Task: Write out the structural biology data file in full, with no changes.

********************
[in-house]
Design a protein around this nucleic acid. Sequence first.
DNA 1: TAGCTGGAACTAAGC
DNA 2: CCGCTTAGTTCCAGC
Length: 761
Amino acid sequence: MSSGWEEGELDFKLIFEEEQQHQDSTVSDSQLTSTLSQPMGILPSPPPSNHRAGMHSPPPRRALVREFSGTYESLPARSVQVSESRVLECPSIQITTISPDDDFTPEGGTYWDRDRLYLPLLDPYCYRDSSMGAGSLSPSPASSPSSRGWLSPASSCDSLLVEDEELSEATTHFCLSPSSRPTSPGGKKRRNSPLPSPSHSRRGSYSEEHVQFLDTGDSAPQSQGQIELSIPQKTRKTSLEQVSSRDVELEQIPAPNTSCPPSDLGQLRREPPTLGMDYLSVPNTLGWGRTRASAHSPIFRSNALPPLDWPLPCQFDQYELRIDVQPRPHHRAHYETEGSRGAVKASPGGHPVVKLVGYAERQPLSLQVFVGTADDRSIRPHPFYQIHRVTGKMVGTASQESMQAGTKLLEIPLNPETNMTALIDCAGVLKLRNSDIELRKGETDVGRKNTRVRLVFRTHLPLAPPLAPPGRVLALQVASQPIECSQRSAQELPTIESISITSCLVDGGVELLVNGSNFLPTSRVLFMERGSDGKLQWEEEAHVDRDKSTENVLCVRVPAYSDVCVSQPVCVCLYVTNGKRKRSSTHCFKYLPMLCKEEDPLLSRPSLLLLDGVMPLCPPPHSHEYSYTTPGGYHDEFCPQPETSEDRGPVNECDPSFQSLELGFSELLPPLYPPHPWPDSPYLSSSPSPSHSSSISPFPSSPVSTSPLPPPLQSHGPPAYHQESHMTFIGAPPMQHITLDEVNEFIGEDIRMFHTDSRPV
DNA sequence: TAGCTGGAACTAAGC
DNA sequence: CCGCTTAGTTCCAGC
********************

[in-house]
Design a protein around this nucleic acid. Sequence first.
DNA 1: TAGCTGGAACTAAGC
DNA 2: CCGCTTAGTTCCAGC
Length: 761
Amino acid sequence: MSSGWEEGELDFKLIFEEEQQHQDSTVSDSQLTSTLSQPMGILPSPPPSNHRAGMHSPPPRRALVREFSGTYESLPARSVQVSESRVLECPSIQITTISPDDDFTPEGGTYWDRDRLYLPLLDPYCYRDSSMGAGSLSPSPASSPSSRGWLSPASSCDSLLVEDEELSEATTHFCLSPSSRPTSPGGKKRRNSPLPSPSHSRRGSYSEEHVQFLDTGDSAPQSQGQIELSIPQKTRKTSLEQVSSRDVELEQIPAPNTSCPPSDLGQLRREPPTLGMDYLSVPNTLGWGRTRASAHSPIFRSNALPPLDWPLPCQFDQYELRIDVQPRPHHRAHYETEGSRGAVKASPGGHPVVKLVGYAERQPLSLQVFVGTADDRSIRPHPFYQIHRVTGKMVGTASQESMQAGTKLLEIPLNPETNMTALIDCAGVLKLRNSDIELRKGETDVGRKNTRVRLVFRTHLPLAPPLAPPGRVLALQVASQPIECSQRSAQELPTIESISITSCLVDGGVELLVNGSNFLPTSRVLFMERGSDGKLQWEEEAHVDRDKSTENVLCVRVPAYSDVCVSQPVCVCLYVTNGKRKRSSTHCFKYLPMLCKEEDPLLSRPSLLLLDGVMPLCPPPHSHEYSYTTPGGYHDEFCPQPETSEDRGPVNECDPSFQSLELGFSELLPPLYPPHPWPDSPYLSSSPSPSHSSSISPFPSSPVSTSPLPPPLQSHGPPAYHQESHMTFIGAPPMQHITLDEVNEFIGEDIRMFHTDSRPV
DNA sequence: TAGCTGGAACTAAGC
DNA sequence: CCGCTTAGTTCCAGC